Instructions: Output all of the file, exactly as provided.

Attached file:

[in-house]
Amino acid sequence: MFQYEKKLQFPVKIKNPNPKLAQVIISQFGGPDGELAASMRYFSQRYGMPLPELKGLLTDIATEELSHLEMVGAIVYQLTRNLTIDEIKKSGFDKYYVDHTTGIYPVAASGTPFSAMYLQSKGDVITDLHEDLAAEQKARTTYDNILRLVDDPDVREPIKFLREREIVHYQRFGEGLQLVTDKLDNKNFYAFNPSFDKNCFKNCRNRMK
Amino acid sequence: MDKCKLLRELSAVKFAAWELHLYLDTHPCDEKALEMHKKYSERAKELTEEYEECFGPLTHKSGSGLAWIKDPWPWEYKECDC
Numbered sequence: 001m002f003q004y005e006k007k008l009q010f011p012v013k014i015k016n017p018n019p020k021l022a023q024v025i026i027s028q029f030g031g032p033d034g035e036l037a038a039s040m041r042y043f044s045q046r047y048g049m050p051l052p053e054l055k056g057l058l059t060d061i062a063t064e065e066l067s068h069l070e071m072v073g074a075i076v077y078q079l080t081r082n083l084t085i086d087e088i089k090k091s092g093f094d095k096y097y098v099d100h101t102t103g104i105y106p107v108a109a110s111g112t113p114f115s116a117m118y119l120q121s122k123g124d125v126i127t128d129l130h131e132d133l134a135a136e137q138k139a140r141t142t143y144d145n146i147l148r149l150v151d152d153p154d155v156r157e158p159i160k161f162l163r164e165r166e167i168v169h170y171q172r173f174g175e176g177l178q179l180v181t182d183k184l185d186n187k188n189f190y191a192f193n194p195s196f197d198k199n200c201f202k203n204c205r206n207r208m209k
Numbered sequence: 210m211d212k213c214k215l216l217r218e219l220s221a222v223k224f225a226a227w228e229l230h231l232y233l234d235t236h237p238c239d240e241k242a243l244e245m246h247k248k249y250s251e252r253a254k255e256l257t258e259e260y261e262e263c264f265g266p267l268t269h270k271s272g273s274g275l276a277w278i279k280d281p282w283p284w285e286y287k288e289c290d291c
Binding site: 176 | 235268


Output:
[in-house]
Amino acid sequence: MFQYEKKLQFPVKIKNPNPKLAQVIISQFGGPDGELAASMRYFSQRYGMPLPELKGLLTDIATEELSHLEMVGAIVYQLTRNLTIDEIKKSGFDKYYVDHTTGIYPVAASGTPFSAMYLQSKGDVITDLHEDLAAEQKARTTYDNILRLVDDPDVREPIKFLREREIVHYQRFGEGLQLVTDKLDNKNFYAFNPSFDKNCFKNCRNRMK
Amino acid sequence: MDKCKLLRELSAVKFAAWELHLYLDTHPCDEKALEMHKKYSERAKELTEEYEECFGPLTHKSGSGLAWIKDPWPWEYKECDC
Numbered sequence: 001m002f003q004y005e006k007k008l009q010f011p012v013k014i015k016n017p018n019p020k021l022a023q024v025i026i027s028q029f030g031g032p033d034g035e036l037a038a039s040m041r042y043f044s045q046r047y048g049m050p051l052p053e054l055k056g057l058l059t060d061i062a063t064e065e066l067s068h069l070e071m072v073g074a075i076v077y078q079l080t081r082n083l084t085i086d087e088i089k090k091s092g093f094d095k096y097y098v099d100h101t102t103g104i105y106p107v108a109a110s111g112t113p114f115s116a117m118y119l120q121s122k123g124d125v126i127t128d129l130h131e132d133l134a135a136e137q138k139a140r141t142t143y144d145n146i147l148r149l150v151d152d153p154d155v156r157e158p159i160k161f162l163r164e165r166e167i168v169h170y171q172r173f174g175e176g177l178q179l180v181t182d183k184l185d186n187k188n189f190y191a192f193n194p195s196f197d198k199n200c201f202k203n204c205r206n207r208m209k
Numbered sequence: 210m211d212k213c214k215l216l217r218e219l220s221a222v223k224f225a226a227w228e229l230h231l232y233l234d235t236h237p238c239d240e241k242a243l244e245m246h247k248k249y250s251e252r253a254k255e256l257t258e259e260y261e262e263c264f265g266p267l268t269h270k271s272g273s274g275l276a277w278i279k280d281p282w283p284w285e286y287k288e289c290d291c
Binding site: 176 | 235268